The FBI is receiving backlash for a tweet it posted on 11th of July 11 that suggests Americans should monitor “family members and peers” for signs of “mobilization to violence” and report “suspicious behaviors” in an effort to prevent extremist activities.
“Family members and peers are often best positioned to witness signs of mobilization to violence. Help prevent homegrown violent extremism. Visit https://go.usa.gov/x6mjf to learn how to spot suspicious behaviors and report them to the #FBI,” the tweet read. It also contained two photos of an individual highlighted in red operating a computer.
In the tweet is a link to a government booklet (pdf) codified in 2015 concerning signs that someone might be considering to cause some violence, but the publication mainly relates to Islamist terrorist organizations which includes ISIS and al-Qaeda.
“It is important to consider the totality of circumstances when observing potential indicators, as some factors may increase the risk of extremist violence in a given situation,” the booklet states, adding that some factors may include an individual who has an “inability to cope with changes or perceived failures in relationships, school, or career.”
”A history of violence (e.g., domestic violence or violence toward animals) and unstable mental state; social isolation or inability to join with or relate to others;” and a “possession of, access to, or familiarity with weapons or explosives” should be flagged,” the FBI wrote.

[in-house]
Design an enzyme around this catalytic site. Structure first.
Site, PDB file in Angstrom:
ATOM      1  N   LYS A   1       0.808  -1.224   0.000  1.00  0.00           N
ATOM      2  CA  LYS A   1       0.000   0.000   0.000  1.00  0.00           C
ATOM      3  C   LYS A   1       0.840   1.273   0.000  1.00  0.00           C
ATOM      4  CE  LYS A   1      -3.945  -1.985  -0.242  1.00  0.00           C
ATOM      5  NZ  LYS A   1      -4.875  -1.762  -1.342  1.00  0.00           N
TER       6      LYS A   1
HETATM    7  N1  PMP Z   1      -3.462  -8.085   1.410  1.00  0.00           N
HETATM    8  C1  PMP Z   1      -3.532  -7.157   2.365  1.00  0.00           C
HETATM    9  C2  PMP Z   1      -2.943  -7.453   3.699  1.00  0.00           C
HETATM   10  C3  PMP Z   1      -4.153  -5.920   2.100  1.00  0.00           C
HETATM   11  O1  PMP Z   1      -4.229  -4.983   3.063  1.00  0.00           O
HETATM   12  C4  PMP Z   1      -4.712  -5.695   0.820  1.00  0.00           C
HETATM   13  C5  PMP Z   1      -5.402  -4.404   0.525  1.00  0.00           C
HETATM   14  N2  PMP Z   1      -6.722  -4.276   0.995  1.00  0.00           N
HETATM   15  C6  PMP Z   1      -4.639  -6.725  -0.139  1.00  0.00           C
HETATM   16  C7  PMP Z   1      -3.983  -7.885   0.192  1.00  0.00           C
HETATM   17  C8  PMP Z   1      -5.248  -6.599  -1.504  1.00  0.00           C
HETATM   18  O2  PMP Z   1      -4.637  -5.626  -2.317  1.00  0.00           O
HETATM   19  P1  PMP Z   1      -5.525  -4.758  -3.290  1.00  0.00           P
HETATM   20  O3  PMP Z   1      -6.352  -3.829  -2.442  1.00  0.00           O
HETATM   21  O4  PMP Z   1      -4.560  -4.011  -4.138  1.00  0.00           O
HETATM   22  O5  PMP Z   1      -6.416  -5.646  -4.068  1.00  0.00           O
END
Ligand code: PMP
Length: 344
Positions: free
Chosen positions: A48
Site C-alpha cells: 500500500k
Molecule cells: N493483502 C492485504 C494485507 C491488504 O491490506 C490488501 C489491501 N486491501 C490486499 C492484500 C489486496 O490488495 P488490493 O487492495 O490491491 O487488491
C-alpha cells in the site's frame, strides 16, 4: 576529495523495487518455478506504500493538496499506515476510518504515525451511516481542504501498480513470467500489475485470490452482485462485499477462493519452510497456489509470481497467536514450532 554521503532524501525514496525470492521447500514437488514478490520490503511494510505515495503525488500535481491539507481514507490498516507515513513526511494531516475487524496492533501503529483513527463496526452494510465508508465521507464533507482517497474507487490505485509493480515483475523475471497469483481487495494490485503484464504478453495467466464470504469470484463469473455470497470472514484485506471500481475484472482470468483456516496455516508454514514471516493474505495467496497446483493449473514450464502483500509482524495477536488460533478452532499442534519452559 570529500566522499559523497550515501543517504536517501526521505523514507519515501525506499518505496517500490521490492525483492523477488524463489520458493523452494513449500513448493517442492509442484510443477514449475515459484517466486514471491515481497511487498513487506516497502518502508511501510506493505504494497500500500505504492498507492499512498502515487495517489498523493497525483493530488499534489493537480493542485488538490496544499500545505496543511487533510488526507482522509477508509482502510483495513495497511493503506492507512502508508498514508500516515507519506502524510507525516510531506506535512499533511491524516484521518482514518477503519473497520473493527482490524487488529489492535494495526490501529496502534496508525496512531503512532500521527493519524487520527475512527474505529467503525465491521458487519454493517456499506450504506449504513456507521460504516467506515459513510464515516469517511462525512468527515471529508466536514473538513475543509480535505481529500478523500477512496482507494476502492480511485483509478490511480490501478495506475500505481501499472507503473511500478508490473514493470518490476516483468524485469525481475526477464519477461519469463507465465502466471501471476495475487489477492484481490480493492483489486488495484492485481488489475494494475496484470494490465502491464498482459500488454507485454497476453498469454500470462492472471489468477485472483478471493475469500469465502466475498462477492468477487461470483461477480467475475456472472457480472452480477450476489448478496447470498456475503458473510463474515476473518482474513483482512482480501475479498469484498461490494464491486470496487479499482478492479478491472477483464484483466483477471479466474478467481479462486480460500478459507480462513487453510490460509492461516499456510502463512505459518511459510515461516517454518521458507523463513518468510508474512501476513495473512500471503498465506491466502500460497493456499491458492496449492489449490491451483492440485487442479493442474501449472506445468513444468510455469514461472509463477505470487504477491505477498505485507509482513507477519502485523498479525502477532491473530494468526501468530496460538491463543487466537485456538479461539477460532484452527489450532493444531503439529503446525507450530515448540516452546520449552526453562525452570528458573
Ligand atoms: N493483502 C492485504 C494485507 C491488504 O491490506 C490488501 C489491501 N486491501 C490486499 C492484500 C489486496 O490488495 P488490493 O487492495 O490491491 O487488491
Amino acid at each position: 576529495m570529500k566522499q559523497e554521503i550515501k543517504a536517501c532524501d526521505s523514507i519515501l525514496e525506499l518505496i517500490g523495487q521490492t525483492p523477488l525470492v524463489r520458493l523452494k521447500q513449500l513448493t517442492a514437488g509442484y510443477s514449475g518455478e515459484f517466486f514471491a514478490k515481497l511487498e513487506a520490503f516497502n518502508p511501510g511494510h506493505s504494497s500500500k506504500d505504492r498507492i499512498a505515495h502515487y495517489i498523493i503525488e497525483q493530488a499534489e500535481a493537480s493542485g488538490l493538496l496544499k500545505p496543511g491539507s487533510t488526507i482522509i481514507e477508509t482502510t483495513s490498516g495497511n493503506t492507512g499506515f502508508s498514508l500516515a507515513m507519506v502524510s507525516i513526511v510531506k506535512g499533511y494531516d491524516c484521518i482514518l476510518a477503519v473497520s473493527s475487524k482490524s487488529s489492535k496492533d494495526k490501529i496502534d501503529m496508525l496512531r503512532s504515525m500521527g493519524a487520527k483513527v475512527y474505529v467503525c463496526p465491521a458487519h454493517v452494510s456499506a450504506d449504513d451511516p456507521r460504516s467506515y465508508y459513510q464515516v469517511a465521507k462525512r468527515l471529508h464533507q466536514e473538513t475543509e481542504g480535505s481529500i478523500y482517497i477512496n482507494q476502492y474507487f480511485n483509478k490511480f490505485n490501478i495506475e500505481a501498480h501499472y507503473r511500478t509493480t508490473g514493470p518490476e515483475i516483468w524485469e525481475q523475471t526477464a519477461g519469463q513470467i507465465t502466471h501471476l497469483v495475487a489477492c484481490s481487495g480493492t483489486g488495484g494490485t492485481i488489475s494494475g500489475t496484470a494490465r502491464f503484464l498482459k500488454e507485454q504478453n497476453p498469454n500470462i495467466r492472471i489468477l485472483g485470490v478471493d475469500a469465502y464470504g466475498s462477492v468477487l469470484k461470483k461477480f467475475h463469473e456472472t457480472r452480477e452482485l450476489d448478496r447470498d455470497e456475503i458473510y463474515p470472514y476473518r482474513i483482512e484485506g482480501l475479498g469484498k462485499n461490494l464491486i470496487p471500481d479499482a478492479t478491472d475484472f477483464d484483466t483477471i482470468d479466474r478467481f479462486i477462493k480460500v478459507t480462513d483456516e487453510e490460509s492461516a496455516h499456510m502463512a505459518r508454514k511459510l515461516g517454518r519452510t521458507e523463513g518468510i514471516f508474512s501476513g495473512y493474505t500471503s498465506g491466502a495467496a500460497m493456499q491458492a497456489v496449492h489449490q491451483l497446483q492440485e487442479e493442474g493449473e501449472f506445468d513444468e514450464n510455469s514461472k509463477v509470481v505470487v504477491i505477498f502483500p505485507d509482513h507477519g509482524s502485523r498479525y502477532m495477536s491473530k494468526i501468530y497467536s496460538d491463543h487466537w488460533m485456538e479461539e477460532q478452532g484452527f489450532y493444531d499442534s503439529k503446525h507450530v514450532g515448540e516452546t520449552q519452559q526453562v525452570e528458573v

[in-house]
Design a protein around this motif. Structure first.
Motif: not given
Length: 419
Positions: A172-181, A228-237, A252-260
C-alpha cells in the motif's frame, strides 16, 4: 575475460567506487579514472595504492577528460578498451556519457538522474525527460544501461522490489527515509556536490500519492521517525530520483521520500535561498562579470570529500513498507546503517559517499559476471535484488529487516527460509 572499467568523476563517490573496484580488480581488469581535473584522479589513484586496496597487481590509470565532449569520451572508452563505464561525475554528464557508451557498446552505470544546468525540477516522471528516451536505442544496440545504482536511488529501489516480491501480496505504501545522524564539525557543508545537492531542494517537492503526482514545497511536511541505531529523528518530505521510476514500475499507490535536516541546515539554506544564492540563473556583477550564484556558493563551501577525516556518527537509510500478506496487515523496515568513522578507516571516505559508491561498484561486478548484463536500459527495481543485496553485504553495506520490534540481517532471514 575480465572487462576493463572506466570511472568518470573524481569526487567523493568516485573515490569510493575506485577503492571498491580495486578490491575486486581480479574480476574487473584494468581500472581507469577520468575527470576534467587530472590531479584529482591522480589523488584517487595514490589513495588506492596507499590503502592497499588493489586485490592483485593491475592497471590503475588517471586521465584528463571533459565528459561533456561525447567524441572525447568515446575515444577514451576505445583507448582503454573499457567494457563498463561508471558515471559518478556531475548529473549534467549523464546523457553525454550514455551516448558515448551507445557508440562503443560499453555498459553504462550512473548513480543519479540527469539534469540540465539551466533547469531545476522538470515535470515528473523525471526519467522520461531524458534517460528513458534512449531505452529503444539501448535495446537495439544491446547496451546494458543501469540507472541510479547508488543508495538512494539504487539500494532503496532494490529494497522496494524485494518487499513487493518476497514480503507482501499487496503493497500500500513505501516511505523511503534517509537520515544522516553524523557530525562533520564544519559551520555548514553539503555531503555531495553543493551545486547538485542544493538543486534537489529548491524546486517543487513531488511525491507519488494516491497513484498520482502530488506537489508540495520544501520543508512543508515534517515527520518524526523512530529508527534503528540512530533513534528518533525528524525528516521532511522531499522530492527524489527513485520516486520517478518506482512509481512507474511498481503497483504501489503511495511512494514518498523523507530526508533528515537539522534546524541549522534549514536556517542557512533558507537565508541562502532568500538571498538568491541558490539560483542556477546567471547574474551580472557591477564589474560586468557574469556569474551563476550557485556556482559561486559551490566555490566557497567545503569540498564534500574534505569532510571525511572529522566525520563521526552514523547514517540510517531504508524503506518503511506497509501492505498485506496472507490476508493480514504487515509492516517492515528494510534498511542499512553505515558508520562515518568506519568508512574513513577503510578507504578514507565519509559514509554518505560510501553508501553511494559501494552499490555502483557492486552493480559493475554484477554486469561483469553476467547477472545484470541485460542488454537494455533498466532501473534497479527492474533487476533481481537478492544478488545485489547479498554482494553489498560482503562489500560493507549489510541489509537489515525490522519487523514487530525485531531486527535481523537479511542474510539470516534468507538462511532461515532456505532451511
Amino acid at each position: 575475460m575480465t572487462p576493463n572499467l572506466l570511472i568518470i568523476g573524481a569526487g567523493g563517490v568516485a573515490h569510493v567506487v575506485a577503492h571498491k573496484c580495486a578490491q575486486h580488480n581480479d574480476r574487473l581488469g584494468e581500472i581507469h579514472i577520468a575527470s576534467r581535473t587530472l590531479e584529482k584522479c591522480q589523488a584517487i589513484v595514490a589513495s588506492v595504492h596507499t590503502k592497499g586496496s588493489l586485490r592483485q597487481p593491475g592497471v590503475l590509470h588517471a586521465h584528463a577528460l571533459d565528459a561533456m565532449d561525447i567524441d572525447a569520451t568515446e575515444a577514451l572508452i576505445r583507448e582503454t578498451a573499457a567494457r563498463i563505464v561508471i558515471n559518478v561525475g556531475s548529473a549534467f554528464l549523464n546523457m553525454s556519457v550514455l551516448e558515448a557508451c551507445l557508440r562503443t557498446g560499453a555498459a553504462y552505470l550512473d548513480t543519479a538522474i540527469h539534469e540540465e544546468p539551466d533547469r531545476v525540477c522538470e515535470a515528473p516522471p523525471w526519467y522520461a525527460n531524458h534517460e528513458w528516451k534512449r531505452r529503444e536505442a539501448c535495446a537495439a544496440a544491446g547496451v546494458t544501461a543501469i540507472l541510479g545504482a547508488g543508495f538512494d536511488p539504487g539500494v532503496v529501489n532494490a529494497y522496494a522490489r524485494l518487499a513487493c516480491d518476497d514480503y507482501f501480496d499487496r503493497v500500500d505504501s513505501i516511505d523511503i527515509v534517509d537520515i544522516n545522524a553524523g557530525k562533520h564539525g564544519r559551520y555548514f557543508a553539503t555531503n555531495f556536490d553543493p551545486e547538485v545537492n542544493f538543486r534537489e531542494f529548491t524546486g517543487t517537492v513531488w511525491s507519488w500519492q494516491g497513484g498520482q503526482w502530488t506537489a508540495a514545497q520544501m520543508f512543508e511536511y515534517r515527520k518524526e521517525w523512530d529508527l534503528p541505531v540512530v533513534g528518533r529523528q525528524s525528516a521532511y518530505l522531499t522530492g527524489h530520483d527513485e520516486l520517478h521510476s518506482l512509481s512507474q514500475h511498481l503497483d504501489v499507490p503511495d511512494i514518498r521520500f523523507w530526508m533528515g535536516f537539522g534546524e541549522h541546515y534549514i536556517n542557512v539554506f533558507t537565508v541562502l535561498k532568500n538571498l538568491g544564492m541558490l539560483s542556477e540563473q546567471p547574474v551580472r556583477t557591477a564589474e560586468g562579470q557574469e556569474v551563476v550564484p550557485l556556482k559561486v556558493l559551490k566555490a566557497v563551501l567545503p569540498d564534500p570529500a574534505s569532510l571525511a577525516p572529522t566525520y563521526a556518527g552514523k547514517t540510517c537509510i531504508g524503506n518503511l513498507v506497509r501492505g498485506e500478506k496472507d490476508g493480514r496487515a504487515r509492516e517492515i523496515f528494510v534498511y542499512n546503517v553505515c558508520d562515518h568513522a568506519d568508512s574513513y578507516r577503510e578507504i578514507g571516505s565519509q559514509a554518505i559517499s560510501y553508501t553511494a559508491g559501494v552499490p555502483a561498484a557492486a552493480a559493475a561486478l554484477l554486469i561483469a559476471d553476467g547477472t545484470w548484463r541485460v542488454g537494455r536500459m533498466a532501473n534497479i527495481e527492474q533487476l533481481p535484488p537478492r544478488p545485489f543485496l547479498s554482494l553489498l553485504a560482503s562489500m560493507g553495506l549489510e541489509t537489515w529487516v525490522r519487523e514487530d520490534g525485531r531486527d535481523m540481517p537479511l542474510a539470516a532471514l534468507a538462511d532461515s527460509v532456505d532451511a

“Certainly, behaviors exist and are noted in this booklet that would be troubling regardless of ideological motivation and may warrant contacting law enforcement. However, this booklet is focused on individuals or groups that are inspired or enabled by foreign terrorist organizations, including but not limited to ISIS, al-Qa’ida, and their affiliates and allies,” the document stated.
A former acting director of national intelligence, Richard Grenell, vehemently opposed the FBI’s stance, saying that the FBI’s tweet “is outrageous” because the agency “has a growing credibility problem and this type of sinister snitching is clearly unhelpful.” Many Republican lawmakers also criticized the tweet, implying the FBI is encouraging Americans’ family members to spy on one another.
“In both Cuba & China, they also ask children to spy on their parents,” Sen. Ted Cruz (R-Texas) tweeted.
Rep. Dan Bishop (R-Texas) tweeted: “These people protected Hillary, abused NSA surveillance databases against Americans, used known, unreliable DNC-funded propaganda to spy on Trump, perpetuated the Russia hoax, & lied to the FISC repeatedly. And now they tell you that you should spy on your family.”
It’s not certain if the FBI posted the tweet with respect to the Biden administration’s campaign against “domestic violent extremists” or the longstanding intelligence operations opposing Islamist terror groups. And officials at the agency hasn’t responded to a request for comment.